‘Show me the money — not!’ says Enda Kenny
Deaglán de Bréadún
The big political story of the day turned out to be Enda Kenny’s surprise announcement that he had asked for his TD’s salary of €106,581 to be cut by five per cent. This is all over the news media but at time of writing it is unclear whether he can in fact cut his own pay (or indeed if anyone else can). The mandarins themselves could not give me a clear substantive answer on this.
Some years ago, Progressive Democrats Des O’Malley and Bobby Molloy tried to refuse their ministerial pensions. This ended up in a Kafkaesque nightmare, the details of which are shrouded in the mists of time but, if memory serves, their attempted voluntary gesture ended up costing them even more money than they were sacrificing since they were taxed on pension payments they did not receive.
Kenny himself recently dismissed the notion on Today FM as “populist nonsense” but now he has changed his mind. It sounds like he may have got wind of a Government proposal to do something similar on Budget Day (that fickle and unreliable creature Dame Rumour says ten per cent, but despite repeated and persistent inquiries it was not possible to confirm this today, such is the official Omerta on the Budget contents .)
If that turns out to be the case, then the FG leader has stolen a march on Fianna Fáil and their Green buddy-buddies. If they proceed with their own pay-cut, they will look rather sheepish. If they hold back, they will be dismissed as meanies. (Incidentally, if ‘Inda’ turns out to have inside info on FF’s plans it means that, as John Le Carré would say, “there is a mole in the circus”; now I wonder who that could be, hah?)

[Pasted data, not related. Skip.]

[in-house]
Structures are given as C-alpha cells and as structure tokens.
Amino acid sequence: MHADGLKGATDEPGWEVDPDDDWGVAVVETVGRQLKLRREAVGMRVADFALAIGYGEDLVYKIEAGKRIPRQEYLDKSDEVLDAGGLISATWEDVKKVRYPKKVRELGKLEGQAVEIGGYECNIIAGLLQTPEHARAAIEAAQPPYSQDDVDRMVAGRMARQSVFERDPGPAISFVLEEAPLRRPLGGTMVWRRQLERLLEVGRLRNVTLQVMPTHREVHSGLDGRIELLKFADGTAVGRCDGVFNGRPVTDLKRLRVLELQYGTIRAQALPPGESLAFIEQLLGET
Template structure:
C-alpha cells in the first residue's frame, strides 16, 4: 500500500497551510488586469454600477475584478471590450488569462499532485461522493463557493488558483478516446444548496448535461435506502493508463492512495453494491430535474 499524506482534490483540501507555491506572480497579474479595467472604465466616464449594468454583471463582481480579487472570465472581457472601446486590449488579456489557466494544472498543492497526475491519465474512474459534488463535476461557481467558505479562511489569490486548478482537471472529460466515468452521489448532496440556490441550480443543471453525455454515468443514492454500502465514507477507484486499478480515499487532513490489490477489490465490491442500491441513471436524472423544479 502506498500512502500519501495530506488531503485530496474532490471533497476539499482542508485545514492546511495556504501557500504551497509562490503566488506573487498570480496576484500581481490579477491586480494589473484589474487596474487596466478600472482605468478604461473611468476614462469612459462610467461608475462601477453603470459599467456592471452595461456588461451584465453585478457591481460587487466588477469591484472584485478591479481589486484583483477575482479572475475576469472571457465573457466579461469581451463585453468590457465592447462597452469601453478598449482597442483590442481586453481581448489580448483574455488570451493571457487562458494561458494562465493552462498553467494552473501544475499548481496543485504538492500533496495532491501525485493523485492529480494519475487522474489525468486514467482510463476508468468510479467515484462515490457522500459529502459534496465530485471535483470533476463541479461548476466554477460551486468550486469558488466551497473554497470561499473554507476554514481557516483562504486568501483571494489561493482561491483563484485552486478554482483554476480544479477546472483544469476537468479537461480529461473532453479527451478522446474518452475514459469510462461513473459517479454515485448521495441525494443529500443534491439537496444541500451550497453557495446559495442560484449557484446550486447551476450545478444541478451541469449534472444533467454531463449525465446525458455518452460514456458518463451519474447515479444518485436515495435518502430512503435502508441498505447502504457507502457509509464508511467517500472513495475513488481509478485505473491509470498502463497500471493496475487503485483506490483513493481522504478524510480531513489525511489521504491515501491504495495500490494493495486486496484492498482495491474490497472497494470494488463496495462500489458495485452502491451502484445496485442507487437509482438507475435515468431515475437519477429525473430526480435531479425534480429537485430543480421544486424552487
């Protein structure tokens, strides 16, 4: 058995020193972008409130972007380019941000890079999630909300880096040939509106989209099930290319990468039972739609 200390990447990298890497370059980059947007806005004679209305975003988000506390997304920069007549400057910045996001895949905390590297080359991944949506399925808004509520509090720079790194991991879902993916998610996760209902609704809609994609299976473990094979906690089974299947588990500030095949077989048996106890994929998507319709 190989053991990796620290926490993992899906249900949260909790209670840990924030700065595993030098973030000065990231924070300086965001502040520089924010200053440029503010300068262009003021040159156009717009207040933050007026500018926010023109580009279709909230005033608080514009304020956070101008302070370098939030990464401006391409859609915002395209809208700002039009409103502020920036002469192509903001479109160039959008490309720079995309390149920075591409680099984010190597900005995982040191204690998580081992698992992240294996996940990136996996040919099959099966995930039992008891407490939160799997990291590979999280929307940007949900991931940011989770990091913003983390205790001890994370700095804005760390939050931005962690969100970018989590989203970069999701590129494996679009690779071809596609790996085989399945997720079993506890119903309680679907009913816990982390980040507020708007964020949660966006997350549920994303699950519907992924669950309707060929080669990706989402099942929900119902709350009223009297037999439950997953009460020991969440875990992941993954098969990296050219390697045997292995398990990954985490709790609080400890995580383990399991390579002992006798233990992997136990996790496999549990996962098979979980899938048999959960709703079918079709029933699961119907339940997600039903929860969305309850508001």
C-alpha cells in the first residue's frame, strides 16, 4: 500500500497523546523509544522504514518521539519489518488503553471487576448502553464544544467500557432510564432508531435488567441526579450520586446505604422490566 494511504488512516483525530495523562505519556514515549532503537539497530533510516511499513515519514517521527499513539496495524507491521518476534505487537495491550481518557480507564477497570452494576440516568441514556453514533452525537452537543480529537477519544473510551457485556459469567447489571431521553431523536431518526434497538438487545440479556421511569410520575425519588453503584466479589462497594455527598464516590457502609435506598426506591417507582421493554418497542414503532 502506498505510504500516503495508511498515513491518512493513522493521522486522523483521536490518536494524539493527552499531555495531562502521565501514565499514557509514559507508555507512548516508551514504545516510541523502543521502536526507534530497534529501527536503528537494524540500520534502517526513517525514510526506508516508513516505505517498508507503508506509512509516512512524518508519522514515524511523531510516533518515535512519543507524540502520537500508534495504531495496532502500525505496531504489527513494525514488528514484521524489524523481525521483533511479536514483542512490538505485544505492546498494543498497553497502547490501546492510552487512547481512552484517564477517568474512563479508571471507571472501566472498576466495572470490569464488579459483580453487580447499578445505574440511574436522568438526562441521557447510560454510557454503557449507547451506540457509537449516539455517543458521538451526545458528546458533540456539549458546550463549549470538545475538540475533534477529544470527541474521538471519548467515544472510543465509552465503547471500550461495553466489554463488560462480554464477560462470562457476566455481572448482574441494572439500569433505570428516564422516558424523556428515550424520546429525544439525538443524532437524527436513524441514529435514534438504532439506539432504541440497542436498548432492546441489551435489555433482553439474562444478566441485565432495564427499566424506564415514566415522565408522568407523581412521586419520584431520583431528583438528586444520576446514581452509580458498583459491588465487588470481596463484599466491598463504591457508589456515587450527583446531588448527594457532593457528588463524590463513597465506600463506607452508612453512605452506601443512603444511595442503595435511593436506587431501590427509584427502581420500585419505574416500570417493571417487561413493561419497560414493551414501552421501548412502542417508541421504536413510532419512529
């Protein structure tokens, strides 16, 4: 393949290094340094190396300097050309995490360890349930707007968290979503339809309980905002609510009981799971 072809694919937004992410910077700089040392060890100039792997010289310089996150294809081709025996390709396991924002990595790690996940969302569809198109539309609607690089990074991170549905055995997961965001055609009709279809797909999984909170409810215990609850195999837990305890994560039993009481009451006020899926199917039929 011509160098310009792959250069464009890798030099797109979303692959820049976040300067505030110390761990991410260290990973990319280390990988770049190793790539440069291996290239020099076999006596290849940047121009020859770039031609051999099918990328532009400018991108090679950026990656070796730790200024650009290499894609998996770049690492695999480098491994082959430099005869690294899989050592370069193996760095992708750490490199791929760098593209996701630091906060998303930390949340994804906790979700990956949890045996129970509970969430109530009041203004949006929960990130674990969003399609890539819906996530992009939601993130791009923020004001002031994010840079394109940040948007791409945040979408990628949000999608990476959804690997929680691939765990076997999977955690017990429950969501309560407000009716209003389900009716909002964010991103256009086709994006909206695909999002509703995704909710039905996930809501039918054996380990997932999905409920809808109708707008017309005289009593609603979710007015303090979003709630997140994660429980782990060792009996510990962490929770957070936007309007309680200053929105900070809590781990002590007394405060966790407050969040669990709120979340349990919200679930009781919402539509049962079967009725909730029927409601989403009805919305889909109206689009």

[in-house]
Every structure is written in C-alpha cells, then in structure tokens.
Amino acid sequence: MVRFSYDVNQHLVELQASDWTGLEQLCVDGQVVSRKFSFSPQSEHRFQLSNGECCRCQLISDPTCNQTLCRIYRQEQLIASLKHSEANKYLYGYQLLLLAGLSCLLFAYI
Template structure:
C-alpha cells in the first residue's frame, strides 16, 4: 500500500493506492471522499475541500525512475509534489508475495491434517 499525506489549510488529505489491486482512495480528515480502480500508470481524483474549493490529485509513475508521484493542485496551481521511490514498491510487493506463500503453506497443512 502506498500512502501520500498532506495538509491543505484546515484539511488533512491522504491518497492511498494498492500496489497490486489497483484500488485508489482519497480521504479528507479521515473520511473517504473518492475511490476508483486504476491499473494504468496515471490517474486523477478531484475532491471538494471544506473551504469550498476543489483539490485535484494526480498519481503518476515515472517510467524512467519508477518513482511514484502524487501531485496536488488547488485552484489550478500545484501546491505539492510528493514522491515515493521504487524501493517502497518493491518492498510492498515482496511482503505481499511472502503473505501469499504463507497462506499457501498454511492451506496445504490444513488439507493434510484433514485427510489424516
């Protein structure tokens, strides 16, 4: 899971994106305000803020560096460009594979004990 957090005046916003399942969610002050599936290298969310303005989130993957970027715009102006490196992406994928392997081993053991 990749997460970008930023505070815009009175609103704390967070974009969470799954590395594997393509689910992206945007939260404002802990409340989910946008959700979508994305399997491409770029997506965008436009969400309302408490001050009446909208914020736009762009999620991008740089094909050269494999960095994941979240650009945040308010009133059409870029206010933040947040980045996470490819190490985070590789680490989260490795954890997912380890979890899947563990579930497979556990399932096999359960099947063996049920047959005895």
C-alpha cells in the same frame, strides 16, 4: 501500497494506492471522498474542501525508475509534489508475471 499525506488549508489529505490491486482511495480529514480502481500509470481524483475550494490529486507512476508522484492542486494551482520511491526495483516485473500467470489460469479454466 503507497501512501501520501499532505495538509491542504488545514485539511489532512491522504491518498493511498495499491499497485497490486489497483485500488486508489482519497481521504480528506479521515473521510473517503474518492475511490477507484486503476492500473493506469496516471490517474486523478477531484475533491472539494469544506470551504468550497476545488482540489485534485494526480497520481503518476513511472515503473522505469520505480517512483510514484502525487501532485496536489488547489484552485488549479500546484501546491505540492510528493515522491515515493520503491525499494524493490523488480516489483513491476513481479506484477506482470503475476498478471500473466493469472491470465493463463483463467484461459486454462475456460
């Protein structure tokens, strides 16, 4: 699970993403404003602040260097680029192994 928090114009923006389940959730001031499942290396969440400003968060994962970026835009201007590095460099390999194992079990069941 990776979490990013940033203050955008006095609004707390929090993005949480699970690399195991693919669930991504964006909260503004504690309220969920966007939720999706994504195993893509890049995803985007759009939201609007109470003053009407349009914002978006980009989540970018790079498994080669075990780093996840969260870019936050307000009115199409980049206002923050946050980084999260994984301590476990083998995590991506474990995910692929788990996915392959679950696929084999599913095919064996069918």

There was clearly some annoyance among Kenny’s FG colleagues, who were not consulted in any way, shape or form. One of them said privately that, instead of focusing on Government mismanagement of the economy, the media would now be highlighting the divisions over salaries inside Fine Gael, with some following the leader and others not.
Anyway, after two major Cowen “strokes” in the form of the early Budget and the bank guarantee, it was interesting to see that ‘Inda’ can pull a wee stroke of his own. Despite the annoyance of some 0f his colleagues, he will gain from this move, which is clearly striking a chord with a public that sees its leaders feeding joyfully at the trough.
Of course, if it turns out that he can’t in fact get his pay reduced, it might look like an empty gesture, with consequent criticism down the road. But that’s politics.
Deaglán de Bréadún, Political Correspondent, The Irish Times